Last Friday I was visiting a couple who recently retired and had sold their business. As they no longer had business premises. I met with them (and their cat) at their home. The cat had been abandoned and had been rescued as a kitten. The cat was asleep when I arrived but woke and came over to me so that I could stroke him and scratch his back, before going back to his chair to sleep again. I was told he normally reacts badly to strangers.
So, why did he react so differently to me?
I suppose that I don’t really know the answer to this question. We do have 4 feral cats of our own who live out in the garage. We have an old cat that after about 15 years now, allows us to stroke her at her discretion, but don’t try to pick her up. The “youngsters” only arrived about a year ago and are probably only 2 or 3 years old. You definitely will not manage to stroke them. Having said that, they are very curious and friendly, and one will rub up against your leg when you are preparing his dinner. They have learnt to tolerate us but don’t go anywhere near them with anything resembling a pole because they will run.
Did my client’s cat react to me in this way because I treated him like I would one of our own cats? I gave him time and space to walk over without reacting to him or watching him (like a hunter might do). Have our own cats taught me how to treat a cat in this kind of situation, without me really being aware? I think that must be it.
Does that mean that you can learn something from every social interaction? Presumably, if you can learn something from a semi wild cat, you can learn a lot more from people. I have often said that every day is a school day, and I frequently follow that up by saying that there are not many days that you do not learn something new about human behaviour. I also think that it is true that this is probably the most important skill in business and is the reason why some of the most successful people in business, were mediocre or worse at school. Their classroom was the playground, and what they learnt there was more important to their success in business than almost anything they learnt or did not learn in the classroom.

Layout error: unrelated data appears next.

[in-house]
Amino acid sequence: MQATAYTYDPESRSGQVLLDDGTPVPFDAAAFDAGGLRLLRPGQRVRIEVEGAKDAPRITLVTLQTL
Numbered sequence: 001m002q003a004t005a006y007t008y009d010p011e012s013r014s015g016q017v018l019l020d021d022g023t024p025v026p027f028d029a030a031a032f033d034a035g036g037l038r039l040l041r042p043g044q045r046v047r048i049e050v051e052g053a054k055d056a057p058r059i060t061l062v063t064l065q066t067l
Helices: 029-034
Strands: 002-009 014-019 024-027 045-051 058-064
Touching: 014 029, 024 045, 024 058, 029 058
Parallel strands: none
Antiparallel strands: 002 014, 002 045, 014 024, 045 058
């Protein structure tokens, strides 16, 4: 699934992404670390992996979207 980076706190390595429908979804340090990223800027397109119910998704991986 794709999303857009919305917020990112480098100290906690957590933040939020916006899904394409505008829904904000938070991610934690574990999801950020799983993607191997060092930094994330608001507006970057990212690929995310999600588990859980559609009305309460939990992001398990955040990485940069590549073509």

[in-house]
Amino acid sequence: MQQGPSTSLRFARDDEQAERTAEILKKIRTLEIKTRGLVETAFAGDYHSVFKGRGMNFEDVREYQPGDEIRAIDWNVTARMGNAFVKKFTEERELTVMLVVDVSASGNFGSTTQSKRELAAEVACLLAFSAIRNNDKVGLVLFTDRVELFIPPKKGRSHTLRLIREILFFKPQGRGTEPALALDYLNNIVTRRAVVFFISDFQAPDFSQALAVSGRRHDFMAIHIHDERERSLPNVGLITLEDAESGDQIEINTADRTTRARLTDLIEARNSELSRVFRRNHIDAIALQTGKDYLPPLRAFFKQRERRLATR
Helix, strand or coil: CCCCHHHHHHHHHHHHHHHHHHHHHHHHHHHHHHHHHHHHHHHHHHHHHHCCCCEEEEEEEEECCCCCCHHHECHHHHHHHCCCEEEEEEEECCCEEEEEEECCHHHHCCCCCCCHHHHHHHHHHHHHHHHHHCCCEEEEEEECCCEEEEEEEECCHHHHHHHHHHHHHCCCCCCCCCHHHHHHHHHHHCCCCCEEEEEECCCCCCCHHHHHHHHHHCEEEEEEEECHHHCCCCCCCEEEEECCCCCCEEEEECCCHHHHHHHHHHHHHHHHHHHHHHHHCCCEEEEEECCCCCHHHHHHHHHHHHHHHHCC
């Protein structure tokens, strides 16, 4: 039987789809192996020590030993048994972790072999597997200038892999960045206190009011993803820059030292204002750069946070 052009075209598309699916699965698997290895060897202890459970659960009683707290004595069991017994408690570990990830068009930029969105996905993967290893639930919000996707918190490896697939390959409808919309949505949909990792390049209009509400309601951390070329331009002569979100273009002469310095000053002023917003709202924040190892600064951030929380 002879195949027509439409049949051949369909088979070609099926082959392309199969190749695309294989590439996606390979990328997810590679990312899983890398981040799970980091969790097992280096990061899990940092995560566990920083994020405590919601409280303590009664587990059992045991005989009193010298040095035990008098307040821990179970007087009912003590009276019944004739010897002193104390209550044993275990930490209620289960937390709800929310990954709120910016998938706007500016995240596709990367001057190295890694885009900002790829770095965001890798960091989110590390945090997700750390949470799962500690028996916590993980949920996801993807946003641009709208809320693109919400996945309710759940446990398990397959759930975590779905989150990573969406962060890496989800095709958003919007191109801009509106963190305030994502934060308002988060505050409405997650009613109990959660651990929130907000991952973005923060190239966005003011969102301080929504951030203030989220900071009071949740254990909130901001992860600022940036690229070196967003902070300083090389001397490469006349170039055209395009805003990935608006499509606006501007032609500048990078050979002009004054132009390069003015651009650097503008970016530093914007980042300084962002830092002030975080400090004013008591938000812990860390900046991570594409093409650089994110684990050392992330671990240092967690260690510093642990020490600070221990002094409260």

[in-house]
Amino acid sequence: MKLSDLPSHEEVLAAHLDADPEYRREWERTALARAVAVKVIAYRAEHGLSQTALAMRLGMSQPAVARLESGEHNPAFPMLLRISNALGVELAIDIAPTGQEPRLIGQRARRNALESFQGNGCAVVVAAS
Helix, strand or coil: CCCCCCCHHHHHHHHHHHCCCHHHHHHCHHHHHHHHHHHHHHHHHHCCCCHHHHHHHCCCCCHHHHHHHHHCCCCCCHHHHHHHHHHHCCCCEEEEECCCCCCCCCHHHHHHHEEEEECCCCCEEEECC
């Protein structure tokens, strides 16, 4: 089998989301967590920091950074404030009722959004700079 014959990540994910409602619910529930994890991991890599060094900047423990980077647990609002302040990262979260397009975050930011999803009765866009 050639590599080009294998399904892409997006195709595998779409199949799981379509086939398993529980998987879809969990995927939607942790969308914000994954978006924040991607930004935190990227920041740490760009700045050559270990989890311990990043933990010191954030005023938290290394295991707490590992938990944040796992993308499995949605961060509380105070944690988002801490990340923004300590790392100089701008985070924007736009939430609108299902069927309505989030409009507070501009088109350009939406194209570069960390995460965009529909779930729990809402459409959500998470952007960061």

While we are talking about first impressions, anyone who reads my articles will know that I say that everyone needs a Lauren. Lauren is the account manager at Adder that looks after all our social media and email postings so that all I need to do is prepare the material, and then Lauren does the rest. Get your own Lauren, you cannot have mine!
Anyway, Lauren and I have been emailing back and forward, with an occasional phone call and I think perhaps one Zoom meeting, every week for nearly a year, and I finally got to meet her briefly at a BNI morning meeting this week. Was she as I expected? Was I as she had expected? Now therein lies some questions.
On Zoom and in emails you develop an impression of another person, but you really need to meet them “in the flesh” to get a more rounded view. Zoom is good but there is one trait that does not come across, and that is their height. It can be quite disconcerting when someone is shorter or taller than you anticipated. Isn’t social interaction funny? I am sure someone will explain it to me some day. Until then Helen will keep me straight.
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Alan E Long
The Long Partnership